Screening North Korea

Film poster for A Schoolgirl’s Diary. Photo by Nicholas Bonner.

The North Korean film projectionist is thinking back on her earlier life. When she was younger, she tells the camera, she dreamed of acting. She wanted to play a heroic role on the screen. Her eyes take on a wistful look. And there is a hint of pain in her voice. In any other country, this would be an ordinary show of emotion. In North Korea, however, the ordinary is extraordinary, for outsiders catch a glimpse of it so very rarely.

The North Korean woman, Han Yong-Sil, is one of four film projectionists featured in the new documentary, Comrades in Dreams. Directed by Ulli Gaulke, a young German filmmaker, the documentary ties together the lives of cinema lovers from four countries: the United States, Burkino Faso, India, and North Korea. While all the footage is fascinating, the material from North Korea is unique. Films from and about North Korea rarely pierce the carefully constructed surface that the country and its citizens present to the outside world. Yet here, captured by Gaulke, Comrade Han reveals an individual personality behind the ritualized propaganda that she initially offers the camera.

Film has played an unusually prominent role in North Korean culture and history. Although it opens an important window onto a closed society, North Korean film has been a singularly overlooked subject. North Korean films are almost never shown in the United States. They rarely appear in international film festivals. Few articles have been written on the subject.

That all may change soon, however. A French company has just bought the rights to show the North Korean film A Schoolgirl’s Diary, reportedly seen by 8 million North Koreans, more than one-third of the population. Scholars are beginning to comb through North Korean films for clues about how the system ticks. And documentaries like Comrades in Dreams and the latest effort from Dan Gordon and Nicholas Bonner, Crossing the Line, are attracting attention at film festivals around the world.

The United States and North Korea are inching closer together as a result of the ongoing nuclear negotiations. With normalized relations on the agenda, information about North Korean society becomes ever more valuable. But do North Korean films ultimately reveal or conceal the reality of the country?

The Dear Film Buff

Bring up the subject of North Korean film and most people would be hard-pressed to name a single title. But nearly every article about North Korean leader Kim Jong Il mentions that he’s a film buff with one of the largest film collections in the world. In fact, Kim started out in the cinema world. The rise of the “Dear Leader” to political leadership is linked inextricably to his film career.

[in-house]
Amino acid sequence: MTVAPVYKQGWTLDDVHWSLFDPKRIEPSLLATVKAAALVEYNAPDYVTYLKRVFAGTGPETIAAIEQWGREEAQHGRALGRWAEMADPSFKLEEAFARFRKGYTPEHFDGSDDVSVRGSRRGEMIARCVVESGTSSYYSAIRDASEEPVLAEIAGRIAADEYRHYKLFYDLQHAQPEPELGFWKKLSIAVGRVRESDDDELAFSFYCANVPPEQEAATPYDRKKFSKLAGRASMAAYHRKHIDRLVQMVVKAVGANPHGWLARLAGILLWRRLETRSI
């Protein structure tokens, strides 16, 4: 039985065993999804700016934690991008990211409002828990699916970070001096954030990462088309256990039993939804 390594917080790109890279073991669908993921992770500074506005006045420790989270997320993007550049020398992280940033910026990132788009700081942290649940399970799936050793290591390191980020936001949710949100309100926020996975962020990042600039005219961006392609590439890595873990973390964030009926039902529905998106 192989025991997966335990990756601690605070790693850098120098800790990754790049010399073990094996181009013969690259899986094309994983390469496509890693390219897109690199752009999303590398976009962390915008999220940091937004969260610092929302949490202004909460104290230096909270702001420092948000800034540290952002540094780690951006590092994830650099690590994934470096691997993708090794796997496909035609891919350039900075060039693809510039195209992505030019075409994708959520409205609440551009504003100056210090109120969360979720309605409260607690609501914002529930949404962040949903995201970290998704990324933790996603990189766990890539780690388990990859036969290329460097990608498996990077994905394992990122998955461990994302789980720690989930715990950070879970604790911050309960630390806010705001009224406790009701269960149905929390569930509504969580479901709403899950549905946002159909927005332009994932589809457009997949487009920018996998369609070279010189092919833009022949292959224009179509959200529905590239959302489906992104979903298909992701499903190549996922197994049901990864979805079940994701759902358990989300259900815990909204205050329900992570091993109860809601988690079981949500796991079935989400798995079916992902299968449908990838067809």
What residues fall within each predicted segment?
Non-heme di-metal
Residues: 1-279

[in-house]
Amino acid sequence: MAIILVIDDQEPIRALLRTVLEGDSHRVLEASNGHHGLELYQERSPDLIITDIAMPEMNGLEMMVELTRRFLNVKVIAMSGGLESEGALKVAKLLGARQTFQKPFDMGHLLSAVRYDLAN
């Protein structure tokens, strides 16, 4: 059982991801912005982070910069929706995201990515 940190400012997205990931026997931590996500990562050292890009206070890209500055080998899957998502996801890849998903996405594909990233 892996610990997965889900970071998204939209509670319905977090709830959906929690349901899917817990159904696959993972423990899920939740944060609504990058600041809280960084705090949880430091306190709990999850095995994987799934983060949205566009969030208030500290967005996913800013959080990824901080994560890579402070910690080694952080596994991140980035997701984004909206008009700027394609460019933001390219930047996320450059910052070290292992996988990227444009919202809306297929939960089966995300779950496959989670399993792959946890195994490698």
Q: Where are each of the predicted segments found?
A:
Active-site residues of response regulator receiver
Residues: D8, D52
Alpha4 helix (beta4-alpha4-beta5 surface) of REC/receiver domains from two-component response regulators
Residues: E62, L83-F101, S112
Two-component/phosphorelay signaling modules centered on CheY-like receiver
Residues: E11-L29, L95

“Kim Jong Il used film to prove that he was the legitimate guardian of his father Kim Il Sung’s legacy,” explains Kim Suk-Young, a North Korea theater and film specialist at the University of California-Santa Barbara. “Kim Il Sung was very keen on protecting his legacy as a national father. So, Kim Jong Il in the 1970s used film to prove that he was the legitimate heir.” These films helped solidify his father’s personality cult and demonstrated that Kim Il Sung’s successor, unlike Deng Xiaoping in China or Mikhail Gorbachev in the Soviet Union, would avoid any iconoclastic reforms.

Kim Jong-Il was not the first person in North Korea to recognize the political uses of film. The regime early on realized the revolutionary potential of the medium. When it took control over the northern half of the Korean peninsula at the end of World War II, the North Korean Worker’s Party under Kim Il Sung relied heavily on Soviet assistance. The Soviets, having pioneered film technique in the early days of the Russian revolution, offered cinematic help as well.

From the very start, however, North Korea showed its independent streak by not following the Soviet model. “Even at its very beginning,” writes historian Charles Armstrong, “DPRK cinema was diverging from its Soviet sponsors’ aims by creating a distinctive cinema rooted in melodramatic emotionalism, a sentimental attachment to the Korean countryside and the alleged values of peasant life, and a nationalist politics centered around the person of Kim Il Sung.”

To merge Soviet communism with North Korean nationalism—all rolled into the package of Kim Il Sung’s personality cult—film was the ideal medium. As Kim Suk-Young explains, it is much easier to send films throughout the country as a propaganda tool than, for instance, relying on traveling theater groups. More importantly, Pyongyang could control the form and content from beginning to end. Political speakers sent to deliver propaganda to the masses might succumb to improvisation. Theater actors might give an unintended interpretative spin to their lines of dialogue. But movies allow for total control—or as close as the regime could get to total control in the cultural sphere.

Re-imaging History

Unlike Stalin, Kim Il Sung often clothed his political instruction in narrative form. His multi-volume autobiography, for instance, is full of stories and parables. But nothing could compare with the power of film to create resonant images and stirring nationalist messages. For instance, in the 1960s film On the Railway, set during the Korean War, the train engineer hero infiltrates the territory held by U.S. and South Korean forces and pretends to be a defector driving his train over to the other side. He is, like Kim Il Sung, a trickster who achieves victory despite overwhelming odds. He doesn’t do so on behalf of the workers of the world, however. He is fighting for the Korean fatherland and against the foreign aggressor.